FORUM PROFILE

new to flood requirements

Tagged: ,

Viewing 7 posts - 1 through 7 (of 7 total)
  • Author
    Posts
  • #7224
    khavens
    Member

    We have a situation, where a customer is already escrowing taxes and insurance. The maps have changed and they are in a flood zone. The customer went out and purchased flood insurance and paid for it. We have called them to explain, we need to start escrowing for flood insurance for next year and so on. The customer has hung up on the loan officer. We have mailed letters to this customer also. Which would be the best approach for an examiners point of view. Just start escrowing for flood and let the defiency catch up on their escrow analysis next February? Or should we cancel their escrow totally,including hazard & taxes? Or is there some other way I’m not thinking about.

    #7228
    Debra
    Member

    I don’t think you are required to have the borrower escrow for flood before the 1/1/16 date…unless I am missing something.

    This is a cut from the FDIC letter on the flood changes:

    Escrow: The final rule requires institutions to escrow premiums and fees for flood insurance required by Part 339 for certain designated loans that are made, increased, extended, or renewed on or after January 1, 2016. It requires lenders to offer and make available to consumers the option to escrow premiums and fees for certain loans outstanding as of January 1, 2016. The final rule also implements exemptions to the escrow requirement provided under the HFIAA.

    I’ve attached the hyperlink to the FDIC Summary Letter below.

    https://www.fdic.gov/news/news/financial/2015/fil15032.pdf

    Just my 2 cents.

    #7231
    rcooper
    Member

    You must comply with the current flood escrow rules until new flood escrow rules are effective on January 1, 2016. Here’s a link to the OCC’s version of the current flood regulation escrow rule (see 12 CFR 22.5): https://www.gpo.gov/fdsys/pkg/CFR-2015-title12-vol1/pdf/CFR-2015-title12-vol1-sec22-5.pdf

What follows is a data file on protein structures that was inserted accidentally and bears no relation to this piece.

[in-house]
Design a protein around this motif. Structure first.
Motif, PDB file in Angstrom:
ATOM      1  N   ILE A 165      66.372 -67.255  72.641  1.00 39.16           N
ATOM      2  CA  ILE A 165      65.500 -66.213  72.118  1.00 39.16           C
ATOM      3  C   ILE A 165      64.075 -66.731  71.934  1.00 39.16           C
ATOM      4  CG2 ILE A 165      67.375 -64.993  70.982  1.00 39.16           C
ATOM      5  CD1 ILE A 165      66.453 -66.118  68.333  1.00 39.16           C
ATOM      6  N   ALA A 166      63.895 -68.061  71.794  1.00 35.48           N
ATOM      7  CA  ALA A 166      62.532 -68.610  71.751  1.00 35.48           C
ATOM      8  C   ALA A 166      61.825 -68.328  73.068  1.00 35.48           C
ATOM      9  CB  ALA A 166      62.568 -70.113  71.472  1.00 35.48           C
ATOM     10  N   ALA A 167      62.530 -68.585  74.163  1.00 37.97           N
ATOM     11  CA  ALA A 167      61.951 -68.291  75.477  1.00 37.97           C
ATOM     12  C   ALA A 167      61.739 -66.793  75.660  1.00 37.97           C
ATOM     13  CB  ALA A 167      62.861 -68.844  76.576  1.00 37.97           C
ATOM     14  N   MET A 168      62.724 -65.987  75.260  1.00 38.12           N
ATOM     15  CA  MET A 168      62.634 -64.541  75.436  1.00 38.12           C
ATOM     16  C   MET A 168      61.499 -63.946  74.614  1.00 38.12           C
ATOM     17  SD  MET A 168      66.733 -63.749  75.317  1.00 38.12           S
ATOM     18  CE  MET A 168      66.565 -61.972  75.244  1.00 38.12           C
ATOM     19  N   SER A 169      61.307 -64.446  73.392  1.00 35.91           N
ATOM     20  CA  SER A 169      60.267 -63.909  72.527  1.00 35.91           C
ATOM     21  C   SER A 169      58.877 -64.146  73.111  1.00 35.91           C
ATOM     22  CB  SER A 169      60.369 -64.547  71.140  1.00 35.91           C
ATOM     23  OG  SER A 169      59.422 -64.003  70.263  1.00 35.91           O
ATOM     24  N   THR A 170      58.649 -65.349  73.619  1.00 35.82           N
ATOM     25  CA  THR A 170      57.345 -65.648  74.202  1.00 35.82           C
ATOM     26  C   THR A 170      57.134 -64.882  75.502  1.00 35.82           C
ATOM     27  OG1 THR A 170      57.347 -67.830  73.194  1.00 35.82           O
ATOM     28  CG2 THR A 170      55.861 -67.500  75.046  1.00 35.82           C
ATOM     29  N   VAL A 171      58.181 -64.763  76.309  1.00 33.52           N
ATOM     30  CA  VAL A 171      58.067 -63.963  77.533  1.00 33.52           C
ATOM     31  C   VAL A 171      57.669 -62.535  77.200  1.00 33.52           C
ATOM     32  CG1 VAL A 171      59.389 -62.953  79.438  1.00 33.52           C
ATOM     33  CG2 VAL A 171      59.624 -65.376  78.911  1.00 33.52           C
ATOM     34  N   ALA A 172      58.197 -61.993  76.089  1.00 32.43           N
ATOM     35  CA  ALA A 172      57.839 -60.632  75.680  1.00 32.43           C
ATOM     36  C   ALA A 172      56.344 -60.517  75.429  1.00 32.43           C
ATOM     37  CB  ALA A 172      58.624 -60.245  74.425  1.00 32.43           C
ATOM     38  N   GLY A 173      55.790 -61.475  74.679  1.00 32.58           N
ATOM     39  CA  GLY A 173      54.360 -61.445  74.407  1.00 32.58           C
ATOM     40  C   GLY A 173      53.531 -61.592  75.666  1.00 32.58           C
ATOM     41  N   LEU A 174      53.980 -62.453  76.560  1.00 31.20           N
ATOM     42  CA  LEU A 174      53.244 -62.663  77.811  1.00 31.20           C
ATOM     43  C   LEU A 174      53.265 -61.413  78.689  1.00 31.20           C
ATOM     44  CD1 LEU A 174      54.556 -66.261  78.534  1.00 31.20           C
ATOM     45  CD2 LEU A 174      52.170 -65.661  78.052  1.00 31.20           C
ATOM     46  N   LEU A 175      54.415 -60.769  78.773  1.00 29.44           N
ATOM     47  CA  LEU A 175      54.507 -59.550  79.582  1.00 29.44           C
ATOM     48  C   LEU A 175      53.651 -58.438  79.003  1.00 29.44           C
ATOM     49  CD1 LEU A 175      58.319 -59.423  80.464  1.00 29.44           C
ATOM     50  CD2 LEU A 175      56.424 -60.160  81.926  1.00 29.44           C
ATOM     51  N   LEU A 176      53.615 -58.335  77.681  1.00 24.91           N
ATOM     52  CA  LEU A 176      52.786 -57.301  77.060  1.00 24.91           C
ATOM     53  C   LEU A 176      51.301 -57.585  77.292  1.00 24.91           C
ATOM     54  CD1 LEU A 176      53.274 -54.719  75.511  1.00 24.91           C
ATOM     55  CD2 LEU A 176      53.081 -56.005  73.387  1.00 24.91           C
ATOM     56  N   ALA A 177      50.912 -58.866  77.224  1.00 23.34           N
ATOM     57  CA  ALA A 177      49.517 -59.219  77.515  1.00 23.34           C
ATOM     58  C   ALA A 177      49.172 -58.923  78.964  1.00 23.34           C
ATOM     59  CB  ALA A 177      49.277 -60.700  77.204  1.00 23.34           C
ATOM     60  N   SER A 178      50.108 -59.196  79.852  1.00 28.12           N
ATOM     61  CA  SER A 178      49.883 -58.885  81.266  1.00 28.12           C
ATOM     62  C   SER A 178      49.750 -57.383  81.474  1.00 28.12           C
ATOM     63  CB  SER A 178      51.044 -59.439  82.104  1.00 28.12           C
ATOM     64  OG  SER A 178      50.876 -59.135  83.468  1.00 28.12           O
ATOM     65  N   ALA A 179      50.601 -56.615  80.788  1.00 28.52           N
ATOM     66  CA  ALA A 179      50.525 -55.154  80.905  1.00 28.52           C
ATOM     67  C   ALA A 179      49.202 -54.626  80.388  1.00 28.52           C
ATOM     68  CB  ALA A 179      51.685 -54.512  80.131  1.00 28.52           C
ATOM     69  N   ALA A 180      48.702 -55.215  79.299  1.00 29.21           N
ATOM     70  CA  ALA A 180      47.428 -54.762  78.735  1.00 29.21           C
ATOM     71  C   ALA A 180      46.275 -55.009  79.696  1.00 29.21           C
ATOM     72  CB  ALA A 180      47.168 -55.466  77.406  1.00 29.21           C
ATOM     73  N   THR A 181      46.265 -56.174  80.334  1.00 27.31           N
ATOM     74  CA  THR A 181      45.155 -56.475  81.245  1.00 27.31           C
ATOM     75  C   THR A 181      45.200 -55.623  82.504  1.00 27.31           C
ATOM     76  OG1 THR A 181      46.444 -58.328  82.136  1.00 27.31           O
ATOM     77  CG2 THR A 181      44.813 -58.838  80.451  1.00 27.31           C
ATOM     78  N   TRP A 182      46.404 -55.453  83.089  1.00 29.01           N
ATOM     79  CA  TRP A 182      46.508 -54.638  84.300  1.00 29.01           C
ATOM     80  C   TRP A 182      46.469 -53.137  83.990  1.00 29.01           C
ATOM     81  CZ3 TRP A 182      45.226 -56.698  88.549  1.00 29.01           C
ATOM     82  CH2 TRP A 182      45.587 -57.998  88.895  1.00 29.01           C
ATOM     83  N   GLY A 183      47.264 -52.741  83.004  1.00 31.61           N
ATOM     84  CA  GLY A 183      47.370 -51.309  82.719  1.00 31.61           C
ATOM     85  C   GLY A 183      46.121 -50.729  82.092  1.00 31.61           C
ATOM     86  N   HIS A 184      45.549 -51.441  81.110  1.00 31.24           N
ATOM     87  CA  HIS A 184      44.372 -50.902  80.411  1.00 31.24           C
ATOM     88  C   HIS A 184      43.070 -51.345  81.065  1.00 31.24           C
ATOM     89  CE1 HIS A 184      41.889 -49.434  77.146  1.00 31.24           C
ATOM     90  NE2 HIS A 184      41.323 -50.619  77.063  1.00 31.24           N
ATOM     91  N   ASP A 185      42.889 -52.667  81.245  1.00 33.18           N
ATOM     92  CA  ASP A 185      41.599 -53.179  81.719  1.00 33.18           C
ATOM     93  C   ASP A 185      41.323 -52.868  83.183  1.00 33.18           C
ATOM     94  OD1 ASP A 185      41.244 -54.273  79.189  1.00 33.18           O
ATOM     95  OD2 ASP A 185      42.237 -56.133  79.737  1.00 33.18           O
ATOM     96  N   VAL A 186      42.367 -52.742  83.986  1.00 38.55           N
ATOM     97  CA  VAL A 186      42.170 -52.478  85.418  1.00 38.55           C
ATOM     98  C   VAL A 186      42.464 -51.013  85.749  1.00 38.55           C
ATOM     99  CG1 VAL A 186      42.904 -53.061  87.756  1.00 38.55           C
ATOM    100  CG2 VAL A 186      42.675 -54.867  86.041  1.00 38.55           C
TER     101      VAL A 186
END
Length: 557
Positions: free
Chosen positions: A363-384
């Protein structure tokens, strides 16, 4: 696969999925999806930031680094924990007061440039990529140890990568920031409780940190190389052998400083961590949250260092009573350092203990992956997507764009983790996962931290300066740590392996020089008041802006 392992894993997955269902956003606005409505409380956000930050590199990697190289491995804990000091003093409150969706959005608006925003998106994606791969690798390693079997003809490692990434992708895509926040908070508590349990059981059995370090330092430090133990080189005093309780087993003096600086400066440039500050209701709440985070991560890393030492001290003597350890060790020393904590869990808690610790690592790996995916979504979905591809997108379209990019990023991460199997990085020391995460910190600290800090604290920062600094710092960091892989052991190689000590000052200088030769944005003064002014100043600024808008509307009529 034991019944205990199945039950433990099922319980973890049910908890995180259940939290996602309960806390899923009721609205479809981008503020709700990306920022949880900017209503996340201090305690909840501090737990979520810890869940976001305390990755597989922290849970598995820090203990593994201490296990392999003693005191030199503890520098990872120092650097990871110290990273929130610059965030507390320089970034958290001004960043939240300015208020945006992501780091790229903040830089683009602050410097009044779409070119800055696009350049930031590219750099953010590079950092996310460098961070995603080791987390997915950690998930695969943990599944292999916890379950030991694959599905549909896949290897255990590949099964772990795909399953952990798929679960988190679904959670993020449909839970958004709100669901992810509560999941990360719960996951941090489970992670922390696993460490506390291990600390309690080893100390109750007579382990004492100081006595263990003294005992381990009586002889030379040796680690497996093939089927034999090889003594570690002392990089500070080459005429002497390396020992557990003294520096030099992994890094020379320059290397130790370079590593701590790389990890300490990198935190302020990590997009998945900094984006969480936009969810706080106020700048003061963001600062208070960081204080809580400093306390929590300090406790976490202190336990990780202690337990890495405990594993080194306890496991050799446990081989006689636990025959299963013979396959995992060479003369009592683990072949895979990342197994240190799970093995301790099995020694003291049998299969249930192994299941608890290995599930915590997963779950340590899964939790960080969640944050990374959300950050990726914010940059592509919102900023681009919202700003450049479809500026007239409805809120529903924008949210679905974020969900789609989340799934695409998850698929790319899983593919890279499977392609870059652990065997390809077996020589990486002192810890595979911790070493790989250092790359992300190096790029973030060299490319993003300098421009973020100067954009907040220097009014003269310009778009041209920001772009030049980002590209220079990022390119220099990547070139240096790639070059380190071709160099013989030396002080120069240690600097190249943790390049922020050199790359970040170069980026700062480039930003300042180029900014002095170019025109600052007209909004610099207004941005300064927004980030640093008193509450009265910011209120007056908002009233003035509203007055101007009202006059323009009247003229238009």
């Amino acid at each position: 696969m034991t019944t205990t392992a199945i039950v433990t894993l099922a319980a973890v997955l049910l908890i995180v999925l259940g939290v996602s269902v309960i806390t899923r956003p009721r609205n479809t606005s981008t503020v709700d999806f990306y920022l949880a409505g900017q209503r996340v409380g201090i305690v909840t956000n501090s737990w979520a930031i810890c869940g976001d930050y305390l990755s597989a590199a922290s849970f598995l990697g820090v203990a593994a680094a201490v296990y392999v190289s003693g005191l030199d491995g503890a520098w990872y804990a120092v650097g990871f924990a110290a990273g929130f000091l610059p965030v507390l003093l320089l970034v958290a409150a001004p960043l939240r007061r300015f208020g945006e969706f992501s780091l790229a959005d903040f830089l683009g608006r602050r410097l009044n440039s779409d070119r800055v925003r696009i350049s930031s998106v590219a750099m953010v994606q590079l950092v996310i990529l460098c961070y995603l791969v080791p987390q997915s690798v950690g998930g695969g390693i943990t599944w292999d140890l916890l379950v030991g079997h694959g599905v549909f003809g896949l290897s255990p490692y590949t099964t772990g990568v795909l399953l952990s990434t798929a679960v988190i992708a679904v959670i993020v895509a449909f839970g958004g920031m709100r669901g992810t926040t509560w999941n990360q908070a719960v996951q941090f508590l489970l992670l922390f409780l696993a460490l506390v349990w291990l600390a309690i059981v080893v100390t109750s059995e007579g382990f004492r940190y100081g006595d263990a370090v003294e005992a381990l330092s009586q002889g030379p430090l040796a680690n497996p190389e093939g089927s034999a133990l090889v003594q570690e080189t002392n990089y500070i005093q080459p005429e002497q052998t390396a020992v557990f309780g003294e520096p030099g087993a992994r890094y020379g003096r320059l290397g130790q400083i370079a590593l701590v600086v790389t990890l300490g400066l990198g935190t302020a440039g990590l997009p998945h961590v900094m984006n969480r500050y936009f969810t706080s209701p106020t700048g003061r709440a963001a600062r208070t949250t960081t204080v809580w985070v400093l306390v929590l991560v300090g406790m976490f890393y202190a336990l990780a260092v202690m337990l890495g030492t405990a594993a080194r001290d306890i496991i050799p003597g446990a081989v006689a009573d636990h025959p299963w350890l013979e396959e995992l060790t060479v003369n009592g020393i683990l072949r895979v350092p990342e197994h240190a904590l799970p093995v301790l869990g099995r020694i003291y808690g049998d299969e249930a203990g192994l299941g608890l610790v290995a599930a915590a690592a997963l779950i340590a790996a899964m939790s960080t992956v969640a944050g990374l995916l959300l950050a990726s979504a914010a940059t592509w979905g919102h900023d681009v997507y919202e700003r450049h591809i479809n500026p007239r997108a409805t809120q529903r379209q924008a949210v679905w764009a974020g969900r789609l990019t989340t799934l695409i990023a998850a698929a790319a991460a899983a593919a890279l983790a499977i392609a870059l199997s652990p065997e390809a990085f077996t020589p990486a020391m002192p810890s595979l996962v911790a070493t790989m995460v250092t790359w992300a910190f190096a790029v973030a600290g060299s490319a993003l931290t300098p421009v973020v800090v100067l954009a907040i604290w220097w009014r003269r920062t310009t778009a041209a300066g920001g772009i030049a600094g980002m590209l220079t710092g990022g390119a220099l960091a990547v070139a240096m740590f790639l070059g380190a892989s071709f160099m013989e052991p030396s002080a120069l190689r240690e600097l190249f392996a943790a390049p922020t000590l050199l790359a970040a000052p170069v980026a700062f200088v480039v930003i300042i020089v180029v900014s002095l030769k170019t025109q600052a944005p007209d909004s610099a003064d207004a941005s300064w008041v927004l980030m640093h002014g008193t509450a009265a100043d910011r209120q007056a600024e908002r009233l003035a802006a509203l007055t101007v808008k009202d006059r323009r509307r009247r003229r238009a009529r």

Also, here is a link to similar question we answered: https://www.jackscomplianceresource.com/forums/topic/escrow-for-flood-remapping/

    #7233
    khavens
    Member

    § 22.5 Escrow requirement.
    If a bank requires the escrow of
    taxes, insurance premiums, fees, or any
    other charges for a loan secured by residential
    improved real estate or a mobile
    home that is made, increased, extended,
    or renewed on or after October
    1, 1996, the bank shall also require the
    escrow of all premiums and fees for any
    flood insurance required under § 22.3.

    This part is where I’m getting hung up on then. We are escrowing currently for taxes and insurance, so flood should be required…right?

    #7234
    rcooper
    Member

    Yes, you should escrow for flood on this loan since you are escrowing for other fees – I’m sorry you’re having a difficult time getting the borrower to communicate with you.

    I wouldn’t recommend cancelling an escrow account after you determine flood insurance is required. It could be seen as a way to avoid compliance with the flood regulations current escrow rule.

    #7308
    Jody
    Member

    We are a bank that reached total assets of $1 billion plus during 2015. I am getting hung up on the word either in 339.5(c)(1)(i) and the word consecutive in 339.5(c)(2).

    Since we have not had assest of $1 billion for two consecutive years are we a small lender?

    339.5 Escrow Requirement. (c)(1)(i) That has total assets of less than $1 billion as of December 31 of either of the two prior calendar years; and ….

    339.5 Escrow Requirement (c)(2) [C]hange in status…has assets of $1 billion or more for two consecutive calendar year ends, the FDIC-supervised institution must escrow premiums and fees for …

    #7311
    rcooper
    Member

    You are correct. Since as of Dec. 31 of one of the “two prior calendar years” (i.e. 2014 in your case) you had assets of less than $1 billion you are considered a small lender under this part. You just need to make sure you meet the other requirements in order to utilize the exception.

    The exception will no longer apply once you have had two consecutive years of assets at $1 billion or more (e.g. 2015 and 2016).

Viewing 7 posts - 1 through 7 (of 7 total)
  • You must be logged in to reply to this topic.